June 25, 2019

Tenth Circuit: Mandatory Minimum Sentence for Distribution of Child Pornography Affirmed; Remainder Dismissed for Lack of Subject Matter Jurisdiction

The Tenth Circuit Court of Appeals published its opinion in United States v. Ramos on August 27, 2012.

Mr. Ramos plead guilty to “knowingly and intentionally receiv[ing] . . . [child pornography]” in violation of 18 U.S.C. § 2252(a)(2). The Court sentenced Mr. Ramos to eighty-seven months in prison in accordance with § 2G2.2(b)(3)(B), sentencing Guidelines that mandated a 5-year mandatory minimum prison sentence.  Mr. Ramos appealed.

On appeal, Mr. Ramos raised two issues. First, he contended that there was an insufficient basis for the district court to conclude that he “distributed” child pornography under § 2G2.2(b). Second, he argued that the mandatory-minimum sentence applied to his case violated the Equal Protection Clause of the Fifth Amendment and the Sixth Amendment.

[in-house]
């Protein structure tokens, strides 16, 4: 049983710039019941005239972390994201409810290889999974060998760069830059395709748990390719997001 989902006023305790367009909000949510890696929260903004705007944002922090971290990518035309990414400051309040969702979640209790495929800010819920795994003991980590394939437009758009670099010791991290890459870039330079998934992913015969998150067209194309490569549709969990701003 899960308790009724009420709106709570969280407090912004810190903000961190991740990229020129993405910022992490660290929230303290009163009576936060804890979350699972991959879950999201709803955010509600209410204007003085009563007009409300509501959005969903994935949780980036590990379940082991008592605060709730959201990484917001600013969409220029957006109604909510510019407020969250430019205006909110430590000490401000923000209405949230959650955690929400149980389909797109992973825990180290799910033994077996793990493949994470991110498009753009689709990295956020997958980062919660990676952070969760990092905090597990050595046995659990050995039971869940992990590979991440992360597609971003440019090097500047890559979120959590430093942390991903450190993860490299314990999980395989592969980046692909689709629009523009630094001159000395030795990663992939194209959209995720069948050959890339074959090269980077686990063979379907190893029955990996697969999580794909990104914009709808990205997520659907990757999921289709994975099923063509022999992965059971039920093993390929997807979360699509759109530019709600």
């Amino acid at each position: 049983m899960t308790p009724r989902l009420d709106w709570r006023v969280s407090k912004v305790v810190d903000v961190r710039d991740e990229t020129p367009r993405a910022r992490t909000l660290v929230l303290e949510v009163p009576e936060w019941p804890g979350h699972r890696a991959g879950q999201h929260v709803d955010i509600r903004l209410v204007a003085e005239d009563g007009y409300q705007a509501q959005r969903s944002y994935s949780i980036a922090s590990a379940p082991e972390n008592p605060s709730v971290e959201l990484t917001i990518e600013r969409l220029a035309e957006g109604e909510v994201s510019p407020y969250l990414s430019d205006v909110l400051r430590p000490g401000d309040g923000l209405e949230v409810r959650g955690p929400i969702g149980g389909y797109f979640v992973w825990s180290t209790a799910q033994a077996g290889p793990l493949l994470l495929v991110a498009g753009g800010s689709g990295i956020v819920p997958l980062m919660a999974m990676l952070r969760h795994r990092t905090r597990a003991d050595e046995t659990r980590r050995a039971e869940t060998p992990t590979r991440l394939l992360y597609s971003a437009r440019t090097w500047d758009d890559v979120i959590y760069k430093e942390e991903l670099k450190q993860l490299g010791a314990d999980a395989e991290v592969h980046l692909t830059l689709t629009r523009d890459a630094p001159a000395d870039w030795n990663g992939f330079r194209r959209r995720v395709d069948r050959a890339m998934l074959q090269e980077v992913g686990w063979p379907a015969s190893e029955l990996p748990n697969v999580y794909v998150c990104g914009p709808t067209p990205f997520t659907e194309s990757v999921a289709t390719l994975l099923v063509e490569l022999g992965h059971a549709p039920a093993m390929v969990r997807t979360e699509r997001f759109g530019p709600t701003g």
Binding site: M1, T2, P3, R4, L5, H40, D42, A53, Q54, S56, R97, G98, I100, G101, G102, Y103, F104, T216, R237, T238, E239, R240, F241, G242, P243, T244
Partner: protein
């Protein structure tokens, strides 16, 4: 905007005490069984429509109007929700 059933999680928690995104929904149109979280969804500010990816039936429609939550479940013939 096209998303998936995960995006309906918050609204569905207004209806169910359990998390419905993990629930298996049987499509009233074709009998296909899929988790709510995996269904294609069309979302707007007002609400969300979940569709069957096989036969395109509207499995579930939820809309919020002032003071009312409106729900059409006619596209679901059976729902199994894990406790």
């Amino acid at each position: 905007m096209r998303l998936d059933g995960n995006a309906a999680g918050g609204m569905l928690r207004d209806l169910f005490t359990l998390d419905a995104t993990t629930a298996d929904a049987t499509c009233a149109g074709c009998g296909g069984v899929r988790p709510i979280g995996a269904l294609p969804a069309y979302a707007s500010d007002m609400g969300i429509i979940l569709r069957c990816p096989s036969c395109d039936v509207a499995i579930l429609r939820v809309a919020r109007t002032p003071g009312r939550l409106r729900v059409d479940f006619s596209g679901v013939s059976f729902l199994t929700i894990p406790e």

The Tenth Circuit dismissed Mr. Ramos’ first argument as unpersuasive, holding that the district court properly ruled Mr. Ramos’ behavior constituted “distribution” of child pornography.  The Tenth Circuit dismissed the remainder of his appeal involving his constitutional challenges for lack of standing and therefore subject matter jurisdiction.



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